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Mixing Sound with Digital Video and Flash Audio on Windows

May 22, 2001
by Will Turnage

Hey Handyman!

I'd like to use WAV sounds and AVI files with sound in the same .dir file for Windows. Of course as soon as one type of sound plays (WAV) the AVI sound won't play and vice versa. Is there any way around this?

Thanks!

Trey Shively

Trey,

The reason you are having troubles with your AVI files has to do with the way sound cards work on many Windows systems. When Director plays a sound file, it can take control of the sound card so that no other Windows applications can use it. This might seem ideal, but what you're missing is that Director isn't actually playing the AVI file. Instead, the Windows system is playing the AVI file through Director. While this small detail might seem irrelevant, it's the cause of your problem. Director is seizing control of the sound card to play your WAV file, and when Windows tries to play the AVI file, it plays the video fine but it can't play the sound because Director still has control of the sound card.

Lucky for you, there are four basic Lingo properties you can use to control sound mixing on Windows machines. They are:

First, you should look at the soundKeepDevice. The soundKeepDevice is a system property that can either be true or false. If it's set to true, then Director will take control of the sound card whenever it plays a sound file, and it will keep control of the sound card during your movie. If you set the soundKeepDevice to false, then Director will release the sound card as soon as your sounds are done playing. The only downside to setting the soundKeepDevice to false is that it requires Director to take control of the sound card every time it plays a sound and release the sound card when the sound is done playing. If you're progamming a game, or some other project that requires many sounds to be played frequently, then setting the soundKeepDevice to false will cause problems in your movie because of the constant capturing and releasing of the sound card.

In those instances, though, there are two other Lingo terms to help you solve your problem. They are the soundDevice and the soundDeviceList. The first thing you should do is find out what soundDevice your computer is set to use. In the message window, type:

put the soundDevice
-- "DirectSound"

There are three possible choices for the soundDevice on Windows systems. They are DirectSound, MacroMix, and QT3Mix. By default, Director will try to select DirectSound, but if it's not available, then it will select MacroMix. To find out what's available on your machine, all you have to do is use the soundDeviceList.

put the soundDeviceList
-- ["DirectSound", "MacroMix", "QT3Mix"]

If you're running Windows NT, or you have an older version of Win95 installed without DirectSound, then the DirectSound option will not show up. Also, if you don't have Quicktime installed on your machine, then the QT3Mix option will not show up. Regardless, the MacroMix option will always show up. Which soundDevice is right for your project? Here's a breakdown of each option:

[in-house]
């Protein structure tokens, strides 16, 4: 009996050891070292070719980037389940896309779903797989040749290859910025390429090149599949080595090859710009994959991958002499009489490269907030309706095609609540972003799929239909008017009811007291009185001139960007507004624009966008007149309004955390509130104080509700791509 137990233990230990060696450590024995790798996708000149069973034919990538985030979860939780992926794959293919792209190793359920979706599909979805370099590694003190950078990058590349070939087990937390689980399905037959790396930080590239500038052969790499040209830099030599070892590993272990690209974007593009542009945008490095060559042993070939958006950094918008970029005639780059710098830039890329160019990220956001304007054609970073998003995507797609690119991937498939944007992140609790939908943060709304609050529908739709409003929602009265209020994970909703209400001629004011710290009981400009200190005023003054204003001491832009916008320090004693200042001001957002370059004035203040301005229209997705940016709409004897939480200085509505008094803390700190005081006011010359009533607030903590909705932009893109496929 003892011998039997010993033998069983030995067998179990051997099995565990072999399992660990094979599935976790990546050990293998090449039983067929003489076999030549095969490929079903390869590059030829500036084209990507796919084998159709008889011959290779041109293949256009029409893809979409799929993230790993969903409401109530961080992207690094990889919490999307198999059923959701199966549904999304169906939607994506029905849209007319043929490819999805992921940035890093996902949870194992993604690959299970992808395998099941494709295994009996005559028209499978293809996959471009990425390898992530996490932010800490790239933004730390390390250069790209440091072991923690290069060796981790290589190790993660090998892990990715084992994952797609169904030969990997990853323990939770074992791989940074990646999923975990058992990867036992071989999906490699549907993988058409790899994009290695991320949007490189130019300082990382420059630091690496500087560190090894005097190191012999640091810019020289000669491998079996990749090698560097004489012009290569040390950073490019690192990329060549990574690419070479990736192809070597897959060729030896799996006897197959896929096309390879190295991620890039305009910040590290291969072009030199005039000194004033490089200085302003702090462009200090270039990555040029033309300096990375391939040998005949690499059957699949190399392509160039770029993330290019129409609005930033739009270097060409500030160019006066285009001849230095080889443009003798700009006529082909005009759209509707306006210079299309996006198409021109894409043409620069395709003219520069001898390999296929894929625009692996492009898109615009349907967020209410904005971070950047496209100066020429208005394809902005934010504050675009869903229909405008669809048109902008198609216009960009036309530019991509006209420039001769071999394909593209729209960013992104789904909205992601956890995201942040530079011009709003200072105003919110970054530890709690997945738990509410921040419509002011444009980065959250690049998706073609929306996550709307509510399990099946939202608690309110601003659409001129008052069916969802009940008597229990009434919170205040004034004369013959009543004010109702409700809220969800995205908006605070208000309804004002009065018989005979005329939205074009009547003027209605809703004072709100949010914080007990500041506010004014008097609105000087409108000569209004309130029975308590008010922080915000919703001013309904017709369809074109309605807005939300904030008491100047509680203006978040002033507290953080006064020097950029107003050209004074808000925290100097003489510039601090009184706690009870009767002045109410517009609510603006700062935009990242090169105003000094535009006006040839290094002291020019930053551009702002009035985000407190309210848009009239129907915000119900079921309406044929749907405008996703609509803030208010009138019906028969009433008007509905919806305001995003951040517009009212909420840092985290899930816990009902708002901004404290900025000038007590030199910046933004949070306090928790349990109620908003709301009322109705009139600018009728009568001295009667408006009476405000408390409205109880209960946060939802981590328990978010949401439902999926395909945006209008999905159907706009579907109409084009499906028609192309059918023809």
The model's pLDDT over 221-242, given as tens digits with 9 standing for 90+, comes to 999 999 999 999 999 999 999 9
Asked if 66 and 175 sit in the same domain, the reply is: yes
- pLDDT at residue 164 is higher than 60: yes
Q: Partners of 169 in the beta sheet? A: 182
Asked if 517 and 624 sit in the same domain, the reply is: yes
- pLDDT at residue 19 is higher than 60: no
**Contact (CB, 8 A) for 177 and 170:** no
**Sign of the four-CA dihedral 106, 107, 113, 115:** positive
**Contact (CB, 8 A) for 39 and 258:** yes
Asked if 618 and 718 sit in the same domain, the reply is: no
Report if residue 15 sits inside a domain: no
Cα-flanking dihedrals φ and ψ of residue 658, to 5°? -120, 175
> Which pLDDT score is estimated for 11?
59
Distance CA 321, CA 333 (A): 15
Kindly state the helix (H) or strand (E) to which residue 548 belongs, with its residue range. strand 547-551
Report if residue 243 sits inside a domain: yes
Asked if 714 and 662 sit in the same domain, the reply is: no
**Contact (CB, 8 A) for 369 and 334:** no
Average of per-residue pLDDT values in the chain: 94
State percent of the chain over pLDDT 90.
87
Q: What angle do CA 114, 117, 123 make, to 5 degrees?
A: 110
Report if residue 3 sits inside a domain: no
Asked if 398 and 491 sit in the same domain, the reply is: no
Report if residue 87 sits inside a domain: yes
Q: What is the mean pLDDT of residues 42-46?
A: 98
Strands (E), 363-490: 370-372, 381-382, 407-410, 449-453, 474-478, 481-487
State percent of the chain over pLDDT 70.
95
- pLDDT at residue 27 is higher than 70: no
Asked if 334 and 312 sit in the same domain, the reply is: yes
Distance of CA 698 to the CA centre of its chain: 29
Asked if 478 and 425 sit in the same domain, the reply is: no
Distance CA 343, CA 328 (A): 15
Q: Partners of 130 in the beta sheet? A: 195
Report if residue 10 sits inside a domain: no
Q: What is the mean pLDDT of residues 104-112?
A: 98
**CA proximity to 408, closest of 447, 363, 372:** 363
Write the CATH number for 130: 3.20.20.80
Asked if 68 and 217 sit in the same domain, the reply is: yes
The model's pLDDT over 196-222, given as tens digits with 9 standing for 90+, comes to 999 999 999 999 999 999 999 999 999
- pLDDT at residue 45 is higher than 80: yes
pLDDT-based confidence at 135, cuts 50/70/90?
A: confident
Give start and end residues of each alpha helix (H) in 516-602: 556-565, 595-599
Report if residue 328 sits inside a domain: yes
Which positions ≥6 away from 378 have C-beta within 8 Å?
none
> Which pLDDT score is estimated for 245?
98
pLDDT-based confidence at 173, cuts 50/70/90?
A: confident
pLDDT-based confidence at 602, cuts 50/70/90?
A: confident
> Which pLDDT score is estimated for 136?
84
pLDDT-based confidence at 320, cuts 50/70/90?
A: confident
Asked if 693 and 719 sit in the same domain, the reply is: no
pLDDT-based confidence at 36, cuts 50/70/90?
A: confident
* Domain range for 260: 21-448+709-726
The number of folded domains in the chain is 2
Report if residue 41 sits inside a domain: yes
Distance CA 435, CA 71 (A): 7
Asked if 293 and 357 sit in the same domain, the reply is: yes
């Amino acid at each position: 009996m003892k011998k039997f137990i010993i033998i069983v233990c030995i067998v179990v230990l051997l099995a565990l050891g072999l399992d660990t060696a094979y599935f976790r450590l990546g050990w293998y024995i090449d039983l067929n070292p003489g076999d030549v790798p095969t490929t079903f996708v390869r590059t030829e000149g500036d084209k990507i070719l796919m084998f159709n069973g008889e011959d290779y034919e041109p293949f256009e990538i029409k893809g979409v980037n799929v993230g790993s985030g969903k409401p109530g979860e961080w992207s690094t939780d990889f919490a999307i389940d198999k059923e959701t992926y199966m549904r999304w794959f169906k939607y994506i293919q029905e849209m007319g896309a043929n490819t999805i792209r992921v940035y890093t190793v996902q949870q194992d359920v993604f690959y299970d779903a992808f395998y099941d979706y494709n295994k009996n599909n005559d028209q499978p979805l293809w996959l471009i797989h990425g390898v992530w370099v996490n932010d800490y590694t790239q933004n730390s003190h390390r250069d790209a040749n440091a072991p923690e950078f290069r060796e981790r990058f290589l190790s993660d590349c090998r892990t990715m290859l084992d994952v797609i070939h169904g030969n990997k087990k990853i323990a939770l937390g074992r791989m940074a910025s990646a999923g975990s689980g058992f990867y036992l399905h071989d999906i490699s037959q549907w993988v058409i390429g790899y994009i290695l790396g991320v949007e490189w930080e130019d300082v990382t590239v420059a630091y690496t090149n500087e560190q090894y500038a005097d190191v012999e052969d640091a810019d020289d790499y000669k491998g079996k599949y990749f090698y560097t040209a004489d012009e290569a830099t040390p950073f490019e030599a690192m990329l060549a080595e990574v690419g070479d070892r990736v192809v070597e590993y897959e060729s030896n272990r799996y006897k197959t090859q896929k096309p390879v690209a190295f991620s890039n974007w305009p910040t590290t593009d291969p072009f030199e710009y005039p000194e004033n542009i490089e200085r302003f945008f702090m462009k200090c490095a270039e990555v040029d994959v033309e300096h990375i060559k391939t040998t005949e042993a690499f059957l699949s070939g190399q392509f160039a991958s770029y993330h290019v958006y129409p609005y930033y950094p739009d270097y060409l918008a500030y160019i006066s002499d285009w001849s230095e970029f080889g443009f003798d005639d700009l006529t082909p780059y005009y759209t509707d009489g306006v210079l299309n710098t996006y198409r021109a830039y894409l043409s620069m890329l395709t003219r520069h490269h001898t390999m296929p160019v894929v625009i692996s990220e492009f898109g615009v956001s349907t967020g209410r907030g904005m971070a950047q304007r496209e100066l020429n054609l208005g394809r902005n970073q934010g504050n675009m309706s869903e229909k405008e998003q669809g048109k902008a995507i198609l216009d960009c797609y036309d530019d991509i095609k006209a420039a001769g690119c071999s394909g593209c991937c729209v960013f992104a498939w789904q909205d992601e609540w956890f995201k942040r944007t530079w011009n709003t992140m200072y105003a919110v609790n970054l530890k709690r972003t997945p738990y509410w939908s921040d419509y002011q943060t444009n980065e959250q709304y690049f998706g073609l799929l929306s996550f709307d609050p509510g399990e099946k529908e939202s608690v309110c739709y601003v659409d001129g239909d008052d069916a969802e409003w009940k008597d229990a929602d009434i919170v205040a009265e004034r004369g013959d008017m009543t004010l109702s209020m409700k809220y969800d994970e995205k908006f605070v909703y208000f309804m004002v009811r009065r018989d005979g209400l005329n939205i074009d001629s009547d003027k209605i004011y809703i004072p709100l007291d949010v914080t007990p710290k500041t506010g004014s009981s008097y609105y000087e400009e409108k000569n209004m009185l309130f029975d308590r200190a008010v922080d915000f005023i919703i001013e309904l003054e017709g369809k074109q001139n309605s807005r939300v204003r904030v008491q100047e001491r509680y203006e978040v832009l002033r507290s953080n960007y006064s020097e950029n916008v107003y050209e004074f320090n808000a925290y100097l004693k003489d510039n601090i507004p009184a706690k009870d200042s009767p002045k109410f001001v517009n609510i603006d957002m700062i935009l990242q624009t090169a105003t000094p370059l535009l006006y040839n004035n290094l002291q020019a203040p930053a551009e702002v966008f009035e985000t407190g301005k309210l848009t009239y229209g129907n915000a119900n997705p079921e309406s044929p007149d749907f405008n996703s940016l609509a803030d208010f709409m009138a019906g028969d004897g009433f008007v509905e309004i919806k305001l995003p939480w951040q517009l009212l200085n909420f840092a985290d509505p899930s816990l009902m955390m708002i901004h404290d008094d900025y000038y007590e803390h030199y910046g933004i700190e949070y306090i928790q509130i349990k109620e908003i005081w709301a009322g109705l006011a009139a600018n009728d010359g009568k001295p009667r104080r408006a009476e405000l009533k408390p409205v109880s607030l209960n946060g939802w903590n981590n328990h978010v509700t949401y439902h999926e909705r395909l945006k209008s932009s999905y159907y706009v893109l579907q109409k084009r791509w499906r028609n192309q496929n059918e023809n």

DirectSound - this option allows all of your sound mixing to be handled through Microsoft's DirectX software. If you use this option, then you don't need to worry about switching the soundKeepDevice at all because this sound mixing is handled automatically through DirectX. The only downside to this option is that it's not available on Windows NT, and for Windows 95 users, it might require an installation of DirectX.

MacroMix - this option is Macromedia's own software-based sound mixing solution. Its biggest benefit is that it's available on all Windows machines and doesn't require any other software to be installed. Its only drawback is that it's not able to mix audio and digital video sounds, so if you use MacroMix in a project with audio and digital video, then you will have to switch the soundKeepDevice off in order for both media types to work.

QT3Mix - this option allows Quicktime to handle all of the sound mixing in your movie on a system level. You can't use QT3Mix on a computer unless it has Quicktime installed on it, and in your case of using AVI files, you should import the AVI files as Quicktime movies if you want to use the QT3Mix option.

On a final note, if you're using Flash movies inside of Director, you might also encounter a problem where Flash sounds will not play at the same time as Director sounds. This feature is controlled through the Lingo property the soundMixMedia. If you set this value to true, then Director will take control of the sound mixing for your Flash movies. The only downside to this approach is that in processor intensive movies, the audio might not sound exactly as you intended in your Flash movie. You can alleviate this by setting the soundMixMedia to false, but then you will not be able to play Flash audio and Director audio at the same time.

Will Turnage is a multimedia programmer based in New York City. In addition to his weekly role as Director Online's Multimedia Handyman, he is also the Technology Director for Sony Music's Client Side Technologies Group. You can read more about his work at http://will.turnage.com/.

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